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Historian: Louisiana’s beloved jambalaya dish a slave contribution

DJ Lynnée Denise will discuss music at next lecture Feb. 22

By Jorden Hampton Editor-in-chief
On January 21, 2022

Photo provided/Courtbouillon
Dr. Ibrahima Seck

NEW ORLEANS (January 21, 2022) – Enslaved blacks made tremendous contributions to American society and culture, including establishment of rice as a food source and introduction of Louisiana’s beloved jambalaya dish, according to Dr. Ibrahima Seck during his lecture Jan. 14 on “Legacies of American Slavery.”

Seck, an author and director of research at the Whitney Plantation Slave Museum in St. John the Baptist Parish, addressed about 100 people in the online lecture sponsored by DU’s Ray Charles Program in African-American Material Culture. It was hosted by Zella Palmer, program director.

Seck said, “Nearly 60 percent of people deported to Louisiana [from Africa] came from Senegambia,” a region in West Africa that lies between the Senegal River and the Gambia River.

Food was a significant contribution, he said. As slaves started new lives in a new hostile, environment, they brought with them the use of rice in dishes such as jambalaya, a dish Seck said originated on the Senegalese coast. And while rice was first domesticated at least 12,000 years ago in China, it has been grown in Africa for 3,500 years.

Rice was introduced into the New World by Portuguese African slaves in colonial Brazil and into Latin American and the Caribbean by Spanish colonizers in Mexico. According to ricepedia.org, recent scholarship suggests African rice was an important crop early on and that enslaved Africans played an active role in establishing rice in the New World.

Seck demonstrated how a mortar and pestle was used to grind raw rice into a powder for cooking.

Among many other contributions, Seck mentioned introduction of the banjo, masking and voodoo. He said the banjo was created in Africa and was its most important musical instrument. Similar to the banjo is the “moolo,” a one-stringed instrument, he said.

“Music brought people together and gave African Americans a voice,” he said, providing solace that eventually evolved into new genres such as the blues and jazz.

Seck said the concept of masking, a major component today of Mardi Gras celebrations here, is very serious in Africa. Masks were used for rituals or ceremonies for a variety of reasons, including representation of specific tribes.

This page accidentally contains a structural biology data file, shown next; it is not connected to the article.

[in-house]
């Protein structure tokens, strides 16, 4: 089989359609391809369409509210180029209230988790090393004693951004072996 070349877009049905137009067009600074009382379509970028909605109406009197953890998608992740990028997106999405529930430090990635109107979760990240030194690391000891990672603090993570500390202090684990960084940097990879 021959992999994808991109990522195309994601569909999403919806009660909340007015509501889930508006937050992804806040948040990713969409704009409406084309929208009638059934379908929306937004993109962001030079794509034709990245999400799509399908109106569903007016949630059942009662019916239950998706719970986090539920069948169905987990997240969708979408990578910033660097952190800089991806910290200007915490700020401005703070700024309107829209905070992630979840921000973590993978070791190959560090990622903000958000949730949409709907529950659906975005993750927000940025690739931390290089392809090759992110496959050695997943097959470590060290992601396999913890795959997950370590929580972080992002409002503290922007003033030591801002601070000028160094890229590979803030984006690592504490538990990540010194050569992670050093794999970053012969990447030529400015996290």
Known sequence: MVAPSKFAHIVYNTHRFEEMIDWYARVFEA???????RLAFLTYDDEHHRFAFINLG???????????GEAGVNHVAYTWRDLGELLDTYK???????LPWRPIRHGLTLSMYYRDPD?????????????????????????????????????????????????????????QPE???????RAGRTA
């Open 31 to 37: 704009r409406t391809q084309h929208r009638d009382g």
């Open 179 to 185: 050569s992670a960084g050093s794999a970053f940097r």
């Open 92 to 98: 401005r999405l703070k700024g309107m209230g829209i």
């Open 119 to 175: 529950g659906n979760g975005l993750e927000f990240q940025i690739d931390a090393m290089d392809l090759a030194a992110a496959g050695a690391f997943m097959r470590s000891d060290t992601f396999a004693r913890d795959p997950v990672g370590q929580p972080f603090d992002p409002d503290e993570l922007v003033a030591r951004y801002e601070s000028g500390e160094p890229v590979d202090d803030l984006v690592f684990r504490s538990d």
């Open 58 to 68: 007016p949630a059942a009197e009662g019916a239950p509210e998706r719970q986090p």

Masking represents years of African culture, he said.

Voodoo, for which New Orleans also has become known, is a practice concerning spirituality and is practiced in all parts of Africa, he said. Seck said voodoo means spirit. 

Seck also is a member of the history department at the University Cheikh Anta Diop in Dakar, Senegal, and is author of “Bouki fait Gombo: A History of the Slave Community of Habitation Haydel (Whitney Plantation) Louisiana, 1750-1860.”

“Legacies of American Slavery” is a multi-year project of the Council of Independent Colleges in cooperation with Yale University’s Gilder Lehrman Center. Funded by the Andrew W. Mellon Foundation and the National Endowment for the Humanities, the grant includes Dillard University as a regional partner focusing on cultural creativity (food, music and tourism). The goal is to understand and cope with American slavery and its aftermath.

The next lecture scheduled will feature Dr. Lynnée Denise, artist, scholar, writer and DJ, of Amsterdam and London, who will discuss black musical legacies at 6 p.m. Tuesday, Feb. 22. She coined the phrase “DJ Scholarship.”

To register for the online event, sign up on EventBrite. Go to https://www.eventbrite.com/e/legacies-of-american-slavery-music-w-dr-lynnee-denise-tickets-243035434527 .

 

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